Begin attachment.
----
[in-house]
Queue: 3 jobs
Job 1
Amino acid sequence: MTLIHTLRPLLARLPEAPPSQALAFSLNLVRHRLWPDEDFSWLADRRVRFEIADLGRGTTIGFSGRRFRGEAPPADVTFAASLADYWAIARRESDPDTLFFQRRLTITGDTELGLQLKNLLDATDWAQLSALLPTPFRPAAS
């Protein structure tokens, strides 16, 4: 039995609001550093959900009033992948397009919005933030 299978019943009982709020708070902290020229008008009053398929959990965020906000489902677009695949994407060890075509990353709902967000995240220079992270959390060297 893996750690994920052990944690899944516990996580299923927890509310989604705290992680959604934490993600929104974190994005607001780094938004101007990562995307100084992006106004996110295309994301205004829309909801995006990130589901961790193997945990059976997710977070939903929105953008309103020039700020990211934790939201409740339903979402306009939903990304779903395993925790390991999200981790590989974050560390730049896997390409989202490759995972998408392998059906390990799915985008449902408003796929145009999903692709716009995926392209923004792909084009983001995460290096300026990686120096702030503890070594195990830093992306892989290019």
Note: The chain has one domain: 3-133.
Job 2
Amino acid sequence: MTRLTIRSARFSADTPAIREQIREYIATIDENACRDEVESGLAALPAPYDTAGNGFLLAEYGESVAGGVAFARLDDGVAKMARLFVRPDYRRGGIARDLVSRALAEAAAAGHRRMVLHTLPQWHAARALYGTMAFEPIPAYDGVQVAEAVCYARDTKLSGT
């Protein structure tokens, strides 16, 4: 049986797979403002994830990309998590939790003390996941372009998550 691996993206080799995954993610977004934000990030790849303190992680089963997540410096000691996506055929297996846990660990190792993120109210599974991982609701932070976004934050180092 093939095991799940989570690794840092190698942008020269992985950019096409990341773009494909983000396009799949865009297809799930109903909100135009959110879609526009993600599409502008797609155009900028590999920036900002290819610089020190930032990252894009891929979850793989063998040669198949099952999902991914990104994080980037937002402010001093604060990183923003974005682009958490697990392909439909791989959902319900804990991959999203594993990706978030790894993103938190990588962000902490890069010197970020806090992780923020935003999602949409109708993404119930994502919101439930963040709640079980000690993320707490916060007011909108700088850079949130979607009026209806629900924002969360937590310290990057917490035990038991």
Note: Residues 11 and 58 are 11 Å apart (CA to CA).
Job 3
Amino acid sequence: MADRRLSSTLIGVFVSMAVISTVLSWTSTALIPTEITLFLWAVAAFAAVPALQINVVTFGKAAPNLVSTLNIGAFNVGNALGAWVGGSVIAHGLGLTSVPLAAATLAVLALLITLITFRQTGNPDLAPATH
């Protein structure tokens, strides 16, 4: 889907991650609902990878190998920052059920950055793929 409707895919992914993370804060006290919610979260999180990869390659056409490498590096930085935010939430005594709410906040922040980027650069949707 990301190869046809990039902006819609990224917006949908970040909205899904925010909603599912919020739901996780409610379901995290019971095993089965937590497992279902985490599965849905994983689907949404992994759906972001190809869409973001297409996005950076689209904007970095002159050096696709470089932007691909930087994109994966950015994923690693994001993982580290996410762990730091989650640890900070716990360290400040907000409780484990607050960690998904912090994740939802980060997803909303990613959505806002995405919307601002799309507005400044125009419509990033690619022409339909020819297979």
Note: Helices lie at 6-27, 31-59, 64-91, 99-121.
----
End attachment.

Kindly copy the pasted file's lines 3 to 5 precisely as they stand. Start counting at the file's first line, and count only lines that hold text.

Job 1
Amino acid sequence: MTLIHTLRPLLARLPEAPPSQALAFSLNLVRHRLWPDEDFSWLADRRVRFEIADLGRGTTIGFSGRRFRGEAPPADVTFAASLADYWAIARRESDPDTLFFQRRLTITGDTELGLQLKNLLDATDWAQLSALLPTPFRPAAS
């Protein structure tokens, strides 16, 4: 039995609001550093959900009033992948397009919005933030 299978019943009982709020708070902290020229008008009053398929959990965020906000489902677009695949994407060890075509990353709902967000995240220079992270959390060297 893996750690994920052990944690899944516990996580299923927890509310989604705290992680959604934490993600929104974190994005607001780094938004101007990562995307100084992006106004996110295309994301205004829309909801995006990130589901961790193997945990059976997710977070939903929105953008309103020039700020990211934790939201409740339903979402306009939903990304779903395993925790390991999200981790590989974050560390730049896997390409989202490759995972998408392998059906390990799915985008449902408003796929145009999903692709716009995926392209923004792909084009983001995460290096300026990686120096702030503890070594195990830093992306892989290019």